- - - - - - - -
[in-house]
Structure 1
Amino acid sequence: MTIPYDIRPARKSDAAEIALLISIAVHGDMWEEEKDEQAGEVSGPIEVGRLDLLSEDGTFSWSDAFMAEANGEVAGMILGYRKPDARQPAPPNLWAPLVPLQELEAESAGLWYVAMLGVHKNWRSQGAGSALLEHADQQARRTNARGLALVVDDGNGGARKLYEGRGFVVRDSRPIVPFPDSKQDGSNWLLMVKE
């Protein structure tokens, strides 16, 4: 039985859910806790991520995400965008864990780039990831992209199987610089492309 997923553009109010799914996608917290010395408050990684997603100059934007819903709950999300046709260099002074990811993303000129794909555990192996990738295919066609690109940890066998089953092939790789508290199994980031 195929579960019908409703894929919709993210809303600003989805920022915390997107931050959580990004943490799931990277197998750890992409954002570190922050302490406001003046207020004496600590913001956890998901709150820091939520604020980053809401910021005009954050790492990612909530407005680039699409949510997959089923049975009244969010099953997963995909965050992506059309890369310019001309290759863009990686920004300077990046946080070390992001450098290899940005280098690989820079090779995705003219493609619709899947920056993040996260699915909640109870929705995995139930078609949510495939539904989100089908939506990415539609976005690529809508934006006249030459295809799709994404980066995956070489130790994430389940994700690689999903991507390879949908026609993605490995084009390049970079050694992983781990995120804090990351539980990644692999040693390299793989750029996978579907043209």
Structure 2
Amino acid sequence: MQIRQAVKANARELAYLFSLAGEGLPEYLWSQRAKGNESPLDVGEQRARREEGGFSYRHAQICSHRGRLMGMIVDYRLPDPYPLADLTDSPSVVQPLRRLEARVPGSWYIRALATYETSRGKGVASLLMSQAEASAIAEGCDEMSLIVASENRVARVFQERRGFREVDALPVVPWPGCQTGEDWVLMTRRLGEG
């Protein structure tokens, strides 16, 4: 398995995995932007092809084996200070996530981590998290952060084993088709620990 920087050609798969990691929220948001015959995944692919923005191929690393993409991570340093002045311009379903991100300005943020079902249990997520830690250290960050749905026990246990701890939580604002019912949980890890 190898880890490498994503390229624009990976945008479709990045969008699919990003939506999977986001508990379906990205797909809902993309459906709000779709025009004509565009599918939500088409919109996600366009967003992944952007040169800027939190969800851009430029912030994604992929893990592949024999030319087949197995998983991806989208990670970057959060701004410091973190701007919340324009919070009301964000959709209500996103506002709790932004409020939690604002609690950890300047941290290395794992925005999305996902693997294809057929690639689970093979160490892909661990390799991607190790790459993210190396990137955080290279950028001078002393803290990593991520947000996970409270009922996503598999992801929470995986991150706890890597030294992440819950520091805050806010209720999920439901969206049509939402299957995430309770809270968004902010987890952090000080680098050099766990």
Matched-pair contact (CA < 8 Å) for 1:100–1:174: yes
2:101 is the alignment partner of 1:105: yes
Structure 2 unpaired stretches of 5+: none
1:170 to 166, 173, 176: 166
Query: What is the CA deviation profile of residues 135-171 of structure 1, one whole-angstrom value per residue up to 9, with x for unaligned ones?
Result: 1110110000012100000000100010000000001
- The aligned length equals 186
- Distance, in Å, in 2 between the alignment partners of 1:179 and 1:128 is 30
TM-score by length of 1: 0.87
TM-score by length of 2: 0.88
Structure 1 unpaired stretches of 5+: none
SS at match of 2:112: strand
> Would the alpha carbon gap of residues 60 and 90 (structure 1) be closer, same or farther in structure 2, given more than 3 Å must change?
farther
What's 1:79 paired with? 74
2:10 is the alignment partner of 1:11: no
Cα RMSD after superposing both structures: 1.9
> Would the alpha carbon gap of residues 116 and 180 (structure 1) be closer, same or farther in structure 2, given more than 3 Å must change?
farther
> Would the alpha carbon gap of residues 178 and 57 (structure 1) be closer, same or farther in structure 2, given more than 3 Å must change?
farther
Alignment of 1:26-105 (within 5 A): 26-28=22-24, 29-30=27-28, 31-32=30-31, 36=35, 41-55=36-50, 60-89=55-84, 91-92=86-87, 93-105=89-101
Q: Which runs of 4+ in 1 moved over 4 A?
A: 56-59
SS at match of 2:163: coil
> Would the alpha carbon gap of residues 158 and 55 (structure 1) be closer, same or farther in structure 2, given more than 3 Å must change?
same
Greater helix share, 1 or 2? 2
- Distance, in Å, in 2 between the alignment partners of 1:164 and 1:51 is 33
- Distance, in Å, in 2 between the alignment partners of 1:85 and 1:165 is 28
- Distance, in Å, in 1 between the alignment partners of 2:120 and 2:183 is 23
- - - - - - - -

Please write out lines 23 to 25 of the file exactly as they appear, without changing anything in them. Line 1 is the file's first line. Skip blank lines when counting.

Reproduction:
2:10 is the alignment partner of 1:11: no
Cα RMSD after superposing both structures: 1.9
> Would the alpha carbon gap of residues 116 and 180 (structure 1) be closer, same or farther in structure 2, given more than 3 Å must change?